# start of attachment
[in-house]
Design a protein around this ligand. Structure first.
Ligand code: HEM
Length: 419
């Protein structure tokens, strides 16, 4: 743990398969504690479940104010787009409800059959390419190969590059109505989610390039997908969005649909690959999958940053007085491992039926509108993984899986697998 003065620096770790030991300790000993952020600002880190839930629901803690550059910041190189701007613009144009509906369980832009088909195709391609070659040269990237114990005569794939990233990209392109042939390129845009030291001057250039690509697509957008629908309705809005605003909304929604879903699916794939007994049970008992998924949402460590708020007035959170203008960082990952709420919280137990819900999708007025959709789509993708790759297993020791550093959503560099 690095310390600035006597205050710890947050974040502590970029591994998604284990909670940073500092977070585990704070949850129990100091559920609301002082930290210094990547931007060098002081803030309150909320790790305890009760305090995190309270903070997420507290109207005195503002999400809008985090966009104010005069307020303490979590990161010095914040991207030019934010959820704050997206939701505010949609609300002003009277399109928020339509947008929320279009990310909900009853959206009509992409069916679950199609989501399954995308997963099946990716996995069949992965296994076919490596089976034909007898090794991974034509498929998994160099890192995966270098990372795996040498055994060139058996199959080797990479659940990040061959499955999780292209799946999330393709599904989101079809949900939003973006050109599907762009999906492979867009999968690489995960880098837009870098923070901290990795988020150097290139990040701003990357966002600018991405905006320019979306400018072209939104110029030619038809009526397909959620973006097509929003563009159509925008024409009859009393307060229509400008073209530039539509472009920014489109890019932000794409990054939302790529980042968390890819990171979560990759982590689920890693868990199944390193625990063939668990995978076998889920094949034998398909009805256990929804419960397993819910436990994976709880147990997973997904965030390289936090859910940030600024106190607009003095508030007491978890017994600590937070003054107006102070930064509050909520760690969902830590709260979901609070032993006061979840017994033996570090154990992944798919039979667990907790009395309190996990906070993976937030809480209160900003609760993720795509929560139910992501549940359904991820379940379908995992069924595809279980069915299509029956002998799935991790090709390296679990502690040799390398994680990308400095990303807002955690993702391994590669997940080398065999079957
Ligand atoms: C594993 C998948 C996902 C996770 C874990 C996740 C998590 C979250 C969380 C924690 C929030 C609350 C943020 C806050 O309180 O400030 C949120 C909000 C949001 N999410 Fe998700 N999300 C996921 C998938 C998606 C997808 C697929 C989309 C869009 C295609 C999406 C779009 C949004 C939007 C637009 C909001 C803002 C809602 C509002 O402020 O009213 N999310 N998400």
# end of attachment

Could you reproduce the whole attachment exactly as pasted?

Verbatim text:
[in-house]
Design a protein around this ligand. Structure first.
Ligand code: HEM
Length: 419
């Protein structure tokens, strides 16, 4: 743990398969504690479940104010787009409800059959390419190969590059109505989610390039997908969005649909690959999958940053007085491992039926509108993984899986697998 003065620096770790030991300790000993952020600002880190839930629901803690550059910041190189701007613009144009509906369980832009088909195709391609070659040269990237114990005569794939990233990209392109042939390129845009030291001057250039690509697509957008629908309705809005605003909304929604879903699916794939007994049970008992998924949402460590708020007035959170203008960082990952709420919280137990819900999708007025959709789509993708790759297993020791550093959503560099 690095310390600035006597205050710890947050974040502590970029591994998604284990909670940073500092977070585990704070949850129990100091559920609301002082930290210094990547931007060098002081803030309150909320790790305890009760305090995190309270903070997420507290109207005195503002999400809008985090966009104010005069307020303490979590990161010095914040991207030019934010959820704050997206939701505010949609609300002003009277399109928020339509947008929320279009990310909900009853959206009509992409069916679950199609989501399954995308997963099946990716996995069949992965296994076919490596089976034909007898090794991974034509498929998994160099890192995966270098990372795996040498055994060139058996199959080797990479659940990040061959499955999780292209799946999330393709599904989101079809949900939003973006050109599907762009999906492979867009999968690489995960880098837009870098923070901290990795988020150097290139990040701003990357966002600018991405905006320019979306400018072209939104110029030619038809009526397909959620973006097509929003563009159509925008024409009859009393307060229509400008073209530039539509472009920014489109890019932000794409990054939302790529980042968390890819990171979560990759982590689920890693868990199944390193625990063939668990995978076998889920094949034998398909009805256990929804419960397993819910436990994976709880147990997973997904965030390289936090859910940030600024106190607009003095508030007491978890017994600590937070003054107006102070930064509050909520760690969902830590709260979901609070032993006061979840017994033996570090154990992944798919039979667990907790009395309190996990906070993976937030809480209160900003609760993720795509929560139910992501549940359904991820379940379908995992069924595809279980069915299509029956002998799935991790090709390296679990502690040799390398994680990308400095990303807002955690993702391994590669997940080398065999079957
Ligand atoms: C594993 C998948 C996902 C996770 C874990 C996740 C998590 C979250 C969380 C924690 C929030 C609350 C943020 C806050 O309180 O400030 C949120 C909000 C949001 N999410 Fe998700 N999300 C996921 C998938 C998606 C997808 C697929 C989309 C869009 C295609 C999406 C779009 C949004 C939007 C637009 C909001 C803002 C809602 C509002 O402020 O009213 N999310 N998400």